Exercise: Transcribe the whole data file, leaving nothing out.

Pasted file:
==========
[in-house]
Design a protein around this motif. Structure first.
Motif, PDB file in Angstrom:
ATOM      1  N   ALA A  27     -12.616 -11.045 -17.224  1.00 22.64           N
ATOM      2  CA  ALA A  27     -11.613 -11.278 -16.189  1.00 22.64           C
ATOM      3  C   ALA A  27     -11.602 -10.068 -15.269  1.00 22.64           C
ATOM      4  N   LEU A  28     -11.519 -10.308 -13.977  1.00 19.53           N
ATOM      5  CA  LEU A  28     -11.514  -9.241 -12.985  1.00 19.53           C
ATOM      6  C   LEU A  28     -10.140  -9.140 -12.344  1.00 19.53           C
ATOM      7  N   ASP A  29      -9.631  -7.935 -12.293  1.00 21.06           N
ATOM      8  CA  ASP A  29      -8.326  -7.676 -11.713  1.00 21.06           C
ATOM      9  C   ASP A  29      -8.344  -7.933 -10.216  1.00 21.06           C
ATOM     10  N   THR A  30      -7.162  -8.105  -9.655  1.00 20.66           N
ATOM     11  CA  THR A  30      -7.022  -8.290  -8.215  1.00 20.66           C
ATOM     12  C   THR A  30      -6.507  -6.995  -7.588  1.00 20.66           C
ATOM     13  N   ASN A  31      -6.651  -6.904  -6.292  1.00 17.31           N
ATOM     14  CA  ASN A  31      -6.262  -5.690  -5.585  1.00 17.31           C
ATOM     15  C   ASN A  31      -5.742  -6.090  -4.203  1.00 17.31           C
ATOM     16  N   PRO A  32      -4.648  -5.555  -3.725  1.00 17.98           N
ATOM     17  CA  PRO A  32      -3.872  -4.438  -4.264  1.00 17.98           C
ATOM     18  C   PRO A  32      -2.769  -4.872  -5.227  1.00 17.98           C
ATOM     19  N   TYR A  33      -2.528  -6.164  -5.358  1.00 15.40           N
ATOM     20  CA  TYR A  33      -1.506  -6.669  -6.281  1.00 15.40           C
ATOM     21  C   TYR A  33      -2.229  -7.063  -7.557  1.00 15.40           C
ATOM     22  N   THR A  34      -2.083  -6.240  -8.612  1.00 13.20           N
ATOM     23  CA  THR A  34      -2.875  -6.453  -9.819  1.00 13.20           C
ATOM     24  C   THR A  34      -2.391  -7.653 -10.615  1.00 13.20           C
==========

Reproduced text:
[in-house]
Design a protein around this motif. Structure first.
Motif, PDB file in Angstrom:
ATOM      1  N   ALA A  27     -12.616 -11.045 -17.224  1.00 22.64           N
ATOM      2  CA  ALA A  27     -11.613 -11.278 -16.189  1.00 22.64           C
ATOM      3  C   ALA A  27     -11.602 -10.068 -15.269  1.00 22.64           C
ATOM      4  N   LEU A  28     -11.519 -10.308 -13.977  1.00 19.53           N
ATOM      5  CA  LEU A  28     -11.514  -9.241 -12.985  1.00 19.53           C
ATOM      6  C   LEU A  28     -10.140  -9.140 -12.344  1.00 19.53           C
ATOM      7  N   ASP A  29      -9.631  -7.935 -12.293  1.00 21.06           N
ATOM      8  CA  ASP A  29      -8.326  -7.676 -11.713  1.00 21.06           C
ATOM      9  C   ASP A  29      -8.344  -7.933 -10.216  1.00 21.06           C
ATOM     10  N   THR A  30      -7.162  -8.105  -9.655  1.00 20.66           N
ATOM     11  CA  THR A  30      -7.022  -8.290  -8.215  1.00 20.66           C
ATOM     12  C   THR A  30      -6.507  -6.995  -7.588  1.00 20.66           C
ATOM     13  N   ASN A  31      -6.651  -6.904  -6.292  1.00 17.31           N
ATOM     14  CA  ASN A  31      -6.262  -5.690  -5.585  1.00 17.31           C
ATOM     15  C   ASN A  31      -5.742  -6.090  -4.203  1.00 17.31           C
ATOM     16  N   PRO A  32      -4.648  -5.555  -3.725  1.00 17.98           N
ATOM     17  CA  PRO A  32      -3.872  -4.438  -4.264  1.00 17.98           C
ATOM     18  C   PRO A  32      -2.769  -4.872  -5.227  1.00 17.98           C
ATOM     19  N   TYR A  33      -2.528  -6.164  -5.358  1.00 15.40           N
ATOM     20  CA  TYR A  33      -1.506  -6.669  -6.281  1.00 15.40           C
ATOM     21  C   TYR A  33      -2.229  -7.063  -7.557  1.00 15.40           C
ATOM     22  N   THR A  34      -2.083  -6.240  -8.612  1.00 13.20           N
ATOM     23  CA  THR A  34      -2.875  -6.453  -9.819  1.00 13.20           C
ATOM     24  C   THR A  34      -2.391  -7.653 -10.615  1.00 13.20           C